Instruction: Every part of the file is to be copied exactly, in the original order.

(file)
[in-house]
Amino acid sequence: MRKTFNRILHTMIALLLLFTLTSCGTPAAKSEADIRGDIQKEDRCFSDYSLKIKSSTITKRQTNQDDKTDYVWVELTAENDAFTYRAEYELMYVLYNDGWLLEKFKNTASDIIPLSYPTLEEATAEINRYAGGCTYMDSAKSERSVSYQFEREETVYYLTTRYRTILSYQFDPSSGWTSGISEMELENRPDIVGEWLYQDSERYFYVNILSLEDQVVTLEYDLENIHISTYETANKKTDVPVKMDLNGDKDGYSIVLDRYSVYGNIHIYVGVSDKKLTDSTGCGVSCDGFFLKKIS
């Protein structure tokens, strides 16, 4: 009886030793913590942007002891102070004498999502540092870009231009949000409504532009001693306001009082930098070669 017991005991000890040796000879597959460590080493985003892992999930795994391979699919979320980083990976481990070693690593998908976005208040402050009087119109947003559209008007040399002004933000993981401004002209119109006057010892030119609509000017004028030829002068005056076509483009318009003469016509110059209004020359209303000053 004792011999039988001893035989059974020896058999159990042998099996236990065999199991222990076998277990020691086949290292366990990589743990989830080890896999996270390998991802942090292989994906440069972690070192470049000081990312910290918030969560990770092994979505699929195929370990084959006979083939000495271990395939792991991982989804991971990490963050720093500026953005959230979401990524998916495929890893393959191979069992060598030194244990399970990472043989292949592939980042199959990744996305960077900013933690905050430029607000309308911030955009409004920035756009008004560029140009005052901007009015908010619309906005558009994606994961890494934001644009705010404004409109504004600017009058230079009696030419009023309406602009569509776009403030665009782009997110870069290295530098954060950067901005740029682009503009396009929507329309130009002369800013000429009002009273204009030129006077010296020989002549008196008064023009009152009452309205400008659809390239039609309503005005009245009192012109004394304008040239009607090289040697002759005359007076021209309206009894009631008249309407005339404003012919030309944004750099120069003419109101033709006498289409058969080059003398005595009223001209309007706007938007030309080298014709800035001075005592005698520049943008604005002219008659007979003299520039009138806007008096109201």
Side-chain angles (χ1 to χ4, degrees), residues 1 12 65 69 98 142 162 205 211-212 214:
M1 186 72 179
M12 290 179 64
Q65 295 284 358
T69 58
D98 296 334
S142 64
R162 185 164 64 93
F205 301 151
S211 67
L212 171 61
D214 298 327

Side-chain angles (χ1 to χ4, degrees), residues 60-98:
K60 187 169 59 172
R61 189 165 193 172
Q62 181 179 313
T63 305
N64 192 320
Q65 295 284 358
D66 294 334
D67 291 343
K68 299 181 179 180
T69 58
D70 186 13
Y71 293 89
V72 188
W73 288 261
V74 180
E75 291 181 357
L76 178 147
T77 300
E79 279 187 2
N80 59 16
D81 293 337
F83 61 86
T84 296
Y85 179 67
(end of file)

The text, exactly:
[in-house]
Amino acid sequence: MRKTFNRILHTMIALLLLFTLTSCGTPAAKSEADIRGDIQKEDRCFSDYSLKIKSSTITKRQTNQDDKTDYVWVELTAENDAFTYRAEYELMYVLYNDGWLLEKFKNTASDIIPLSYPTLEEATAEINRYAGGCTYMDSAKSERSVSYQFEREETVYYLTTRYRTILSYQFDPSSGWTSGISEMELENRPDIVGEWLYQDSERYFYVNILSLEDQVVTLEYDLENIHISTYETANKKTDVPVKMDLNGDKDGYSIVLDRYSVYGNIHIYVGVSDKKLTDSTGCGVSCDGFFLKKIS
């Protein structure tokens, strides 16, 4: 009886030793913590942007002891102070004498999502540092870009231009949000409504532009001693306001009082930098070669 017991005991000890040796000879597959460590080493985003892992999930795994391979699919979320980083990976481990070693690593998908976005208040402050009087119109947003559209008007040399002004933000993981401004002209119109006057010892030119609509000017004028030829002068005056076509483009318009003469016509110059209004020359209303000053 004792011999039988001893035989059974020896058999159990042998099996236990065999199991222990076998277990020691086949290292366990990589743990989830080890896999996270390998991802942090292989994906440069972690070192470049000081990312910290918030969560990770092994979505699929195929370990084959006979083939000495271990395939792991991982989804991971990490963050720093500026953005959230979401990524998916495929890893393959191979069992060598030194244990399970990472043989292949592939980042199959990744996305960077900013933690905050430029607000309308911030955009409004920035756009008004560029140009005052901007009015908010619309906005558009994606994961890494934001644009705010404004409109504004600017009058230079009696030419009023309406602009569509776009403030665009782009997110870069290295530098954060950067901005740029682009503009396009929507329309130009002369800013000429009002009273204009030129006077010296020989002549008196008064023009009152009452309205400008659809390239039609309503005005009245009192012109004394304008040239009607090289040697002759005359007076021209309206009894009631008249309407005339404003012919030309944004750099120069003419109101033709006498289409058969080059003398005595009223001209309007706007938007030309080298014709800035001075005592005698520049943008604005002219008659007979003299520039009138806007008096109201």
Side-chain angles (χ1 to χ4, degrees), residues 1 12 65 69 98 142 162 205 211-212 214:
M1 186 72 179
M12 290 179 64
Q65 295 284 358
T69 58
D98 296 334
S142 64
R162 185 164 64 93
F205 301 151
S211 67
L212 171 61
D214 298 327

Side-chain angles (χ1 to χ4, degrees), residues 60-98:
K60 187 169 59 172
R61 189 165 193 172
Q62 181 179 313
T63 305
N64 192 320
Q65 295 284 358
D66 294 334
D67 291 343
K68 299 181 179 180
T69 58
D70 186 13
Y71 293 89
V72 188
W73 288 261
V74 180
E75 291 181 357
L76 178 147
T77 300
E79 279 187 2
N80 59 16
D81 293 337
F83 61 86
T84 296
Y85 179 67